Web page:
The statistics and surge in terrorist attacks suggest that since assuming power in January 2009 the Awami League (AL)-led 14-party alliance government under the premiership of Sheikh Hasina has not been effective in its duty to secure the nation from the Islamist threat. However, this would be misleading. Since assuming power in January 2009 Prime Minister Hasina has introduced several notable counter-terrorism initiatives which have helped Bangladesh to restore a semblance of peace across the country.

To begin with, on March 16, 2009, the then-Home Secretary Abdus Sobhan Sikder filed a report that identified 12 ‘militant’ outfits – the JMB, Harkat-ul-Jihad-al-Islami Bangladesh (HuJI-B), Hizb-ut-Tawhid, Ulama Anjuman al Bainat, Hizb-ut-Tahrir, Islami Democratic Party, Islami Samaj, Touhid Trust, Jagrata Muslim Janata Bangladesh (JMJB), Shahadat-e-al-Hikma Party Bangladesh, Tamir-ud-Deen (Hizb-e-Abu Omar) and Allahr Dal. At that time, the main targets of law enforcement were JMB, HuJI-B, Hizb-ut-Tahrir and Hizb-ut-Tawhid.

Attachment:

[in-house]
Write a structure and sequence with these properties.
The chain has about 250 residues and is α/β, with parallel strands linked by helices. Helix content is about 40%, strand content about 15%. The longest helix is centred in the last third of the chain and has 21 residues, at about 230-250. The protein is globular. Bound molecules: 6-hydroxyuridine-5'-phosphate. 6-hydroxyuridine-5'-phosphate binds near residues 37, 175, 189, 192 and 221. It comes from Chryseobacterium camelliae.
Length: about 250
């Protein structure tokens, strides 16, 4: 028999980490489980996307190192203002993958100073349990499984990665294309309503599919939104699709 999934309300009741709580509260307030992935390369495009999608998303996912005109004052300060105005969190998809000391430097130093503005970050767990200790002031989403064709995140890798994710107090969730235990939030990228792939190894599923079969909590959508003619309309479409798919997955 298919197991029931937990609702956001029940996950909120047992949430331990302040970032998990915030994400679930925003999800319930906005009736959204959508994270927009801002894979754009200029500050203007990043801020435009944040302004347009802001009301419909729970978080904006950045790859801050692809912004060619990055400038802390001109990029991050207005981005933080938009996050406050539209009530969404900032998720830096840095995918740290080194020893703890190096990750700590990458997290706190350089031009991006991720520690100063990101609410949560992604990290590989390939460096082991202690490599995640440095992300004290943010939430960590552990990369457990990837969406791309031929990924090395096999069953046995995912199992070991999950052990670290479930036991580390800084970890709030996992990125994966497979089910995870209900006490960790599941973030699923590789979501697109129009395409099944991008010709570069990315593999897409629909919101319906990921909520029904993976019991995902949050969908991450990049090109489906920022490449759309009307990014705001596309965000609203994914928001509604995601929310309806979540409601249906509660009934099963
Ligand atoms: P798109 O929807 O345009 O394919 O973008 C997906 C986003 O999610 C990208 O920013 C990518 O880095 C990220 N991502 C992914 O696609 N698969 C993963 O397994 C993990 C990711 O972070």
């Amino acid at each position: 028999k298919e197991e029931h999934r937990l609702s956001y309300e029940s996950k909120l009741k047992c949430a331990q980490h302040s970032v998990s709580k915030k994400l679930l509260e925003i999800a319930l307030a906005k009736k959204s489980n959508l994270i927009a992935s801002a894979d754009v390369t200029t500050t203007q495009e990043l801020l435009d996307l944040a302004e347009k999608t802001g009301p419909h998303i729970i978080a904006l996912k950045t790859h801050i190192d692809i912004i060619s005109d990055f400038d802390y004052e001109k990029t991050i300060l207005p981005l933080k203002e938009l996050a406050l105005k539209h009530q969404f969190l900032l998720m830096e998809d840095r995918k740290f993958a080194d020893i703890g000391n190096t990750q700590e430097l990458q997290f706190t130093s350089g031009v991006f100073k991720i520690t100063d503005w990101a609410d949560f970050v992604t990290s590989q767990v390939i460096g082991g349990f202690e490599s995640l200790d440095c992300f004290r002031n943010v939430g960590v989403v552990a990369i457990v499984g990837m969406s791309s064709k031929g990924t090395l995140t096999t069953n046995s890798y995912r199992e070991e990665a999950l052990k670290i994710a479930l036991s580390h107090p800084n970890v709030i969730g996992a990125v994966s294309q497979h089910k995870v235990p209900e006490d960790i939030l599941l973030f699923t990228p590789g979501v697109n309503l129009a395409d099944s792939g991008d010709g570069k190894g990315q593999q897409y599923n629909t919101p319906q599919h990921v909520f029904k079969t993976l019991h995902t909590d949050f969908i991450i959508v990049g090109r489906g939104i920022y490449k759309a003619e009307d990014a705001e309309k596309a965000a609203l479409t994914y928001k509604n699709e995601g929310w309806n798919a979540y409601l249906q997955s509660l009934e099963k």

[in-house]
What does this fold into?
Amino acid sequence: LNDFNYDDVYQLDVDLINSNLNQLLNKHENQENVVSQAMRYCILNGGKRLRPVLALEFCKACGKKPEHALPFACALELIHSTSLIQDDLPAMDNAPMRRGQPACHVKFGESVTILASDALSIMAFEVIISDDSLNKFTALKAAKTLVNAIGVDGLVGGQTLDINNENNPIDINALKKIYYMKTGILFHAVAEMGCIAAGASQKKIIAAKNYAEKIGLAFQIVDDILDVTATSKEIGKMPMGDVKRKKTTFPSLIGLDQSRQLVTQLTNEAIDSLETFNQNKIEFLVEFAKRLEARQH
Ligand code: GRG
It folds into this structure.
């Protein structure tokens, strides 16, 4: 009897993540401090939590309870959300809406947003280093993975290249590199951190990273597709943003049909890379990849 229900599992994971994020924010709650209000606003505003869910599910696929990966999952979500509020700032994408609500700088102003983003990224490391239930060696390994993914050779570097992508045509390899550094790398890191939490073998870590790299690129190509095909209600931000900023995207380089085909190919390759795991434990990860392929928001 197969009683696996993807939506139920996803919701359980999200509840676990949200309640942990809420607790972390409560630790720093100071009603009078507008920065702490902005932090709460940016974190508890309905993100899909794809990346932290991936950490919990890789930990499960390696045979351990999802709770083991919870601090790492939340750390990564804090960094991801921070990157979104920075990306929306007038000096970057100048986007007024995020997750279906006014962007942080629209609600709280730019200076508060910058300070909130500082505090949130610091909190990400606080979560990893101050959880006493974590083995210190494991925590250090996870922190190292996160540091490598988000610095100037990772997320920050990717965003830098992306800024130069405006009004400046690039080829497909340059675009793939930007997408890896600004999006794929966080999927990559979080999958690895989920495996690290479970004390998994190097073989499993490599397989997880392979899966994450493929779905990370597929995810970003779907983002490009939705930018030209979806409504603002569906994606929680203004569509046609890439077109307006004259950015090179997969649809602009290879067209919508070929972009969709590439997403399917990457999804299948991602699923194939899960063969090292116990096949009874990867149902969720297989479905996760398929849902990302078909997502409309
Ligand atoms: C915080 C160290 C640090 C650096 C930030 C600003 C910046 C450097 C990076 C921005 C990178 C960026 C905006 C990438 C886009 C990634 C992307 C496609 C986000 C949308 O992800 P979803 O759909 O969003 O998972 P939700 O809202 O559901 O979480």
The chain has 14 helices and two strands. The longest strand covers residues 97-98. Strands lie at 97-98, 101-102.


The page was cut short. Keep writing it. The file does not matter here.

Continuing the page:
Remarkably, the Security Forces-backed by a decisive leadership-neutralized (e.g., killed or arrested) the top leadership of these major Islamist terror groups responsible for serious turbulence in Bangladesh. While the JMB chief Maulana Saidur Rahman (alias Zafar) and three other top leaders of the outfit were arrested on May 25, 2010, HuJI-B was forced to close its over-ground activities soon after Home Secretary Sikder’s March  2009 report. Other groups such as Hizb-ut-Tahrir and Hizb-ut-Tawhid were banned or placed on a government ‘watch list’; new initiatives were taken to target terror financing alongside an emphasis on strengthening and improving the quality of the counter-terror forces.